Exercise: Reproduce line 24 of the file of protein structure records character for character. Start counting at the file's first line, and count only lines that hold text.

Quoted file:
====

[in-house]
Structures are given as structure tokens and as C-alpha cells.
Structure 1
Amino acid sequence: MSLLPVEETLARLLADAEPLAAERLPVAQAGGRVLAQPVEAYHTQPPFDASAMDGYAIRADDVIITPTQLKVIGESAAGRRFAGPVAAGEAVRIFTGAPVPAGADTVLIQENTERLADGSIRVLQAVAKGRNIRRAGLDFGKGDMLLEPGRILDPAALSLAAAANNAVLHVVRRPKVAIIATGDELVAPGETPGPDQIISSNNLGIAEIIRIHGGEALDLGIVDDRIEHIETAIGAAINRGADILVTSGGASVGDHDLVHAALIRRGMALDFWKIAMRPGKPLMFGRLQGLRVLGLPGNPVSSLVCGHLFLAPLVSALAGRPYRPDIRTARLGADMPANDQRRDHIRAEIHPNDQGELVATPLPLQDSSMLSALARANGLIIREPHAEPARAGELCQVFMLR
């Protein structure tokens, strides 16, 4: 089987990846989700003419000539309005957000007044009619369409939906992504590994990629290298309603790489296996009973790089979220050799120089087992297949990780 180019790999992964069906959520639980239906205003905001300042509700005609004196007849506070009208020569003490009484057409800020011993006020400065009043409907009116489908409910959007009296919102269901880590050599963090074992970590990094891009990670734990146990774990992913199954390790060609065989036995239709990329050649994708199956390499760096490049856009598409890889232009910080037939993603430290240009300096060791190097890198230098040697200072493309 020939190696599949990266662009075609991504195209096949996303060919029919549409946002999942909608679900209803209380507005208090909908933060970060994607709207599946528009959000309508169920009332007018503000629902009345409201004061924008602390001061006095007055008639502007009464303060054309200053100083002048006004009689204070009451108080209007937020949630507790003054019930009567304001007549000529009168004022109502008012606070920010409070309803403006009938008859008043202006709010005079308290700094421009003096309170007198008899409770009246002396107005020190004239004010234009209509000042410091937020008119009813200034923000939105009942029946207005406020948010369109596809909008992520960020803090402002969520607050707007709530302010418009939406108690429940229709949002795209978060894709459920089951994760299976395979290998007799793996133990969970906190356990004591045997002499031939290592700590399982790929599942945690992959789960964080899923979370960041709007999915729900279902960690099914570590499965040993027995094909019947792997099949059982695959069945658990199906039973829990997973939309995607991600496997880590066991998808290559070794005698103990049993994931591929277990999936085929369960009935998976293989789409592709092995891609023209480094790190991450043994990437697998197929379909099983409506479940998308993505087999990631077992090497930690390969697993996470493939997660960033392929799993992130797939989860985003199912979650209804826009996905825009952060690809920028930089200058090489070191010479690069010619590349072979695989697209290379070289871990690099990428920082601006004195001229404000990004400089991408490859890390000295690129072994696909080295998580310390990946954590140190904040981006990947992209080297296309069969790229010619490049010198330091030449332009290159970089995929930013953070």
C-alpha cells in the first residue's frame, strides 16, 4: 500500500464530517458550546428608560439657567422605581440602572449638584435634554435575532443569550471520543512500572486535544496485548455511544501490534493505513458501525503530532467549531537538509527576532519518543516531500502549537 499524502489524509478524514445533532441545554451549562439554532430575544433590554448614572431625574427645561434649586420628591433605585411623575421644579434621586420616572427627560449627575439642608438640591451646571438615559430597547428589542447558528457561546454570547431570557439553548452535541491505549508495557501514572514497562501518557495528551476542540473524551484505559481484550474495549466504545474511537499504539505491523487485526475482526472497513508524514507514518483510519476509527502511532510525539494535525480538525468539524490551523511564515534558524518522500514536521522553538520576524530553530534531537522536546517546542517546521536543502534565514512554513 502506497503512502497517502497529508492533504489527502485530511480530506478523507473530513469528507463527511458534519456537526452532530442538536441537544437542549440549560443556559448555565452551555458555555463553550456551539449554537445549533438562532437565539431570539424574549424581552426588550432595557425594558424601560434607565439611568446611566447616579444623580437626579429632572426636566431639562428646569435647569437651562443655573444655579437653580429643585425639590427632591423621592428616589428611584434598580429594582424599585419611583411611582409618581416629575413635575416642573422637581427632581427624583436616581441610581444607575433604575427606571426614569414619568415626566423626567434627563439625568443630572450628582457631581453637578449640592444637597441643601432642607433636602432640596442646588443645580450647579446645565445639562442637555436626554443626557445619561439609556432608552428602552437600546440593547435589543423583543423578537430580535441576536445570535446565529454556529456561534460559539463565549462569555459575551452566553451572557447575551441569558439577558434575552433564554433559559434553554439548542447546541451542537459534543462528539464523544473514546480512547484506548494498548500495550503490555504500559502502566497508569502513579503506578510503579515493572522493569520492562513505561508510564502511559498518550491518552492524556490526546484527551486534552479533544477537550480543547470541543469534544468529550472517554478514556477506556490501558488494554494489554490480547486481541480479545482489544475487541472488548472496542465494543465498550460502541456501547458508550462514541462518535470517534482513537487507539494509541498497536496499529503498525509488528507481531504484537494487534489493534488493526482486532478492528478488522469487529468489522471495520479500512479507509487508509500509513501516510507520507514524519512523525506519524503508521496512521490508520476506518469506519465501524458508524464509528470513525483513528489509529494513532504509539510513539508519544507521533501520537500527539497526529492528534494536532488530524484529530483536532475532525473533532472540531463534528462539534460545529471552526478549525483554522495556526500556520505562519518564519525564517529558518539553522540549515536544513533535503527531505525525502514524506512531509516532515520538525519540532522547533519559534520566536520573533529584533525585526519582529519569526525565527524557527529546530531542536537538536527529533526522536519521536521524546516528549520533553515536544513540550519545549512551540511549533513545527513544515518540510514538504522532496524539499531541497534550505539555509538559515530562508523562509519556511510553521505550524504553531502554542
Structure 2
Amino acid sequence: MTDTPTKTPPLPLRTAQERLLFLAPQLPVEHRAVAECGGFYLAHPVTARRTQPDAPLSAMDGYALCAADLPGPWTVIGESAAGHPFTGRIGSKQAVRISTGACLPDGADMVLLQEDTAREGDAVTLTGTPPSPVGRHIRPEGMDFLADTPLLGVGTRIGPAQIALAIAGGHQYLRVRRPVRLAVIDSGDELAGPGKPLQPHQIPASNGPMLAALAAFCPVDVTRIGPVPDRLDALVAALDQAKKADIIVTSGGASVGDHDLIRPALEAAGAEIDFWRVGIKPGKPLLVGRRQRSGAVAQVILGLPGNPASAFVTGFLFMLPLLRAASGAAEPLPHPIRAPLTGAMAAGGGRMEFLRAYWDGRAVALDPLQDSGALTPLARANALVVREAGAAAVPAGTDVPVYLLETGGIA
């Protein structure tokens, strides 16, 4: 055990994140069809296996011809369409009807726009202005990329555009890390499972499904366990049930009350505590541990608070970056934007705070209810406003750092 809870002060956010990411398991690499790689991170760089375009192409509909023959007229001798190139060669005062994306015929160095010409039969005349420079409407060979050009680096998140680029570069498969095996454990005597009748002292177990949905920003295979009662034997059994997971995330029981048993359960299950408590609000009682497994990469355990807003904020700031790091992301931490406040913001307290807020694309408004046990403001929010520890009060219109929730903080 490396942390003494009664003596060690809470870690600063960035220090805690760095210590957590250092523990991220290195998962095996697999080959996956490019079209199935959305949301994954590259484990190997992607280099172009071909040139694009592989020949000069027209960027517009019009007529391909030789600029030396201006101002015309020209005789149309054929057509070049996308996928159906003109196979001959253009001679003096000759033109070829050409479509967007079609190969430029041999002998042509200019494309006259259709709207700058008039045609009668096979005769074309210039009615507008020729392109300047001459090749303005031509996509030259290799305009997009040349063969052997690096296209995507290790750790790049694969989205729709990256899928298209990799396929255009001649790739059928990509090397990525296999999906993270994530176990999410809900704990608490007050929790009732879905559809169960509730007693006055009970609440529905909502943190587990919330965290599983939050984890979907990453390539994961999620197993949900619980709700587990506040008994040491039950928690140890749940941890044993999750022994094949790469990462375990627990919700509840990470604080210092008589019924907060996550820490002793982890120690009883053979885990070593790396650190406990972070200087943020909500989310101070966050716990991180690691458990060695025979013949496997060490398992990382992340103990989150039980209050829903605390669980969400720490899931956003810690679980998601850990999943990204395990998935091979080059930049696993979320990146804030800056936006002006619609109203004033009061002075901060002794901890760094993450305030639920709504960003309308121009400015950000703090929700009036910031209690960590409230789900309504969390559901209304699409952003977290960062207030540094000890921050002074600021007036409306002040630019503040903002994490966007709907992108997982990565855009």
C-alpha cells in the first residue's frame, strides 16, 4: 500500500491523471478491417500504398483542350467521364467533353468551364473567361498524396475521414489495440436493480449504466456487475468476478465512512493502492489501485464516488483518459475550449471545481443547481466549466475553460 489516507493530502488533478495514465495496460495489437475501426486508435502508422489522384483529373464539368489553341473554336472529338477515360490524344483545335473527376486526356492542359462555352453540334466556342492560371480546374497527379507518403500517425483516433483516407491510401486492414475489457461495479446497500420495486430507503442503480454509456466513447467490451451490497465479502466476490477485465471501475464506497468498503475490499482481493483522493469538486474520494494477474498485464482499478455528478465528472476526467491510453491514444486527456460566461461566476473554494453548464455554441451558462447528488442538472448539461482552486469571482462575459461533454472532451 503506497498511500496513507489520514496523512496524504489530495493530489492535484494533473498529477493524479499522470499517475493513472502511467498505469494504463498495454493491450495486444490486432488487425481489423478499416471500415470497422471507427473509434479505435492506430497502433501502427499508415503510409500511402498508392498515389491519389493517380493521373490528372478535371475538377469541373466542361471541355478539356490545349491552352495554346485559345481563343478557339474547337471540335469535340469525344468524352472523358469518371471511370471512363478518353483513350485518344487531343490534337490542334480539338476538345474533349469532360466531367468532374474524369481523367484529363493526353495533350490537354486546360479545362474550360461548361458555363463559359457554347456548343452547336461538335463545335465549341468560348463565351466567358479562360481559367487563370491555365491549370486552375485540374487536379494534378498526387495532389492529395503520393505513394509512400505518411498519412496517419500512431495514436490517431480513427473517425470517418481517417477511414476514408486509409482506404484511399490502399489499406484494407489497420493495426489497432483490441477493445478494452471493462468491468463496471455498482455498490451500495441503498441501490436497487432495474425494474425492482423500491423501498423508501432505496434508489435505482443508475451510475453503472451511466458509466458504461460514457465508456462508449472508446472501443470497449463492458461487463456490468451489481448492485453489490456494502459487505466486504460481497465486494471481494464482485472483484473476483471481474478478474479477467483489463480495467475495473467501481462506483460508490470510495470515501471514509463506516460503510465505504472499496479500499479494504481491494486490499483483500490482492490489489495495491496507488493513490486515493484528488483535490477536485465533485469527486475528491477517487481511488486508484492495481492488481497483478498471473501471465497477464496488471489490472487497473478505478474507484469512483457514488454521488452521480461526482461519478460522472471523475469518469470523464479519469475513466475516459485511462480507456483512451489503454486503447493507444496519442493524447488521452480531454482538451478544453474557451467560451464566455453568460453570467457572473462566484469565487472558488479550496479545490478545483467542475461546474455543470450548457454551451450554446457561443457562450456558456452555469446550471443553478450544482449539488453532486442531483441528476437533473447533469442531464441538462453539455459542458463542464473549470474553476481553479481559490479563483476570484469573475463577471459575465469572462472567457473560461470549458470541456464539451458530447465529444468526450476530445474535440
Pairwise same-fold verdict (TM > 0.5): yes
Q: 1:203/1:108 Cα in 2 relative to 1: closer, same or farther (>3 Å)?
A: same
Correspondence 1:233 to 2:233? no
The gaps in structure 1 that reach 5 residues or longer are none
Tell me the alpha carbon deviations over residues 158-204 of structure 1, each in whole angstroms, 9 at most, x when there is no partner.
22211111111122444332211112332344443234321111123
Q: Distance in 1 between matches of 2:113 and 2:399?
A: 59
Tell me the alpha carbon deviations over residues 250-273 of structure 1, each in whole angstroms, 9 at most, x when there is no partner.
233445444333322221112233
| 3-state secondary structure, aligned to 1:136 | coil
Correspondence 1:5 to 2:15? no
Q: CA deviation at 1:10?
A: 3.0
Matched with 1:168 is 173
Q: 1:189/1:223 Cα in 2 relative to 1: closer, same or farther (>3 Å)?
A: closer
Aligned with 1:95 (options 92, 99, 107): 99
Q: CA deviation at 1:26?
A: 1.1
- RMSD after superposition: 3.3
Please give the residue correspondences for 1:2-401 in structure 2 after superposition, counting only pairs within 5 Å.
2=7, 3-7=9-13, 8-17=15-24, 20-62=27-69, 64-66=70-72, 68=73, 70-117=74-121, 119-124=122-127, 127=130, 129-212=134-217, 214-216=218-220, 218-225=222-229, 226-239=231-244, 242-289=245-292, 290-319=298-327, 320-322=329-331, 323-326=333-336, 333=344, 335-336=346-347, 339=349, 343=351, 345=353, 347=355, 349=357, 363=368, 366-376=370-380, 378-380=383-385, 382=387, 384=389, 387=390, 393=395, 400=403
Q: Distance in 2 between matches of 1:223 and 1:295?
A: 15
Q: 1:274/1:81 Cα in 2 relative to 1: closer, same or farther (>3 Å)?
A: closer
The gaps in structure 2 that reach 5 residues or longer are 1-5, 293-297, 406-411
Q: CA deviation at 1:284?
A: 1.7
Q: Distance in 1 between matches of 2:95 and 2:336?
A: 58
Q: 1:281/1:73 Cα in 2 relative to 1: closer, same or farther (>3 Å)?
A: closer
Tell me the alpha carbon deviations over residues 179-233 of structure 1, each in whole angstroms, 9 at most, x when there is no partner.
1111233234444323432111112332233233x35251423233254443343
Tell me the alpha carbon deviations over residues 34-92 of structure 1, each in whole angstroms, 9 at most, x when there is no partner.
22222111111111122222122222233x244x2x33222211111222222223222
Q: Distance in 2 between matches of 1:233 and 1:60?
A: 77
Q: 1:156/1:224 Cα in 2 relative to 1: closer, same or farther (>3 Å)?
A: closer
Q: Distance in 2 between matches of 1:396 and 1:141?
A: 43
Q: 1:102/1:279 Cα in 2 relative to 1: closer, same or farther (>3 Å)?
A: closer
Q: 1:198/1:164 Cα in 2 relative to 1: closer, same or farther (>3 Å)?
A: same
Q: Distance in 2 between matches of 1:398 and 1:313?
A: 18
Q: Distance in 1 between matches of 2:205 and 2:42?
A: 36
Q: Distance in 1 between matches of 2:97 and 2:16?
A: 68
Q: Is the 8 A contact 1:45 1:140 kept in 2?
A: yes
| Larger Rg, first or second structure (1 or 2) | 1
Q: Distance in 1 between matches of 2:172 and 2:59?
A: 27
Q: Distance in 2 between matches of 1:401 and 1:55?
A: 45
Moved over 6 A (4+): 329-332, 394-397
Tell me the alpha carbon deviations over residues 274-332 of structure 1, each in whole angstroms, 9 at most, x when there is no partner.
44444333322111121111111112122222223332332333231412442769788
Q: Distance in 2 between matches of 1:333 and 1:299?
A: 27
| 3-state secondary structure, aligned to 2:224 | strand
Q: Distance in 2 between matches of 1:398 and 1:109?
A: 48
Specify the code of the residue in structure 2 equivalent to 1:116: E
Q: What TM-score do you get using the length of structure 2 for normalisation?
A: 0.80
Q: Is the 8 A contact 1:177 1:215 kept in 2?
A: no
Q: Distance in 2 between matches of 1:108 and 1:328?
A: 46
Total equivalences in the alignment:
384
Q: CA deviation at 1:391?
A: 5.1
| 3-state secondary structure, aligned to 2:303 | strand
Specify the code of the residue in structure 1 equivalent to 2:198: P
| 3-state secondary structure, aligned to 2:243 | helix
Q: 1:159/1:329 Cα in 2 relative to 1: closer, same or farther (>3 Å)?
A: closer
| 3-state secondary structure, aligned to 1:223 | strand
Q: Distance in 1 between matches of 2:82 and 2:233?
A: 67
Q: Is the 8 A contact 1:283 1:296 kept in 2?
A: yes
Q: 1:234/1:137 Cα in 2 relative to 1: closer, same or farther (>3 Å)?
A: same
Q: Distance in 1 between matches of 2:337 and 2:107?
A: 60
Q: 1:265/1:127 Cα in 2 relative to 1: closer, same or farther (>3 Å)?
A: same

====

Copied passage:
Q: CA deviation at 1:10?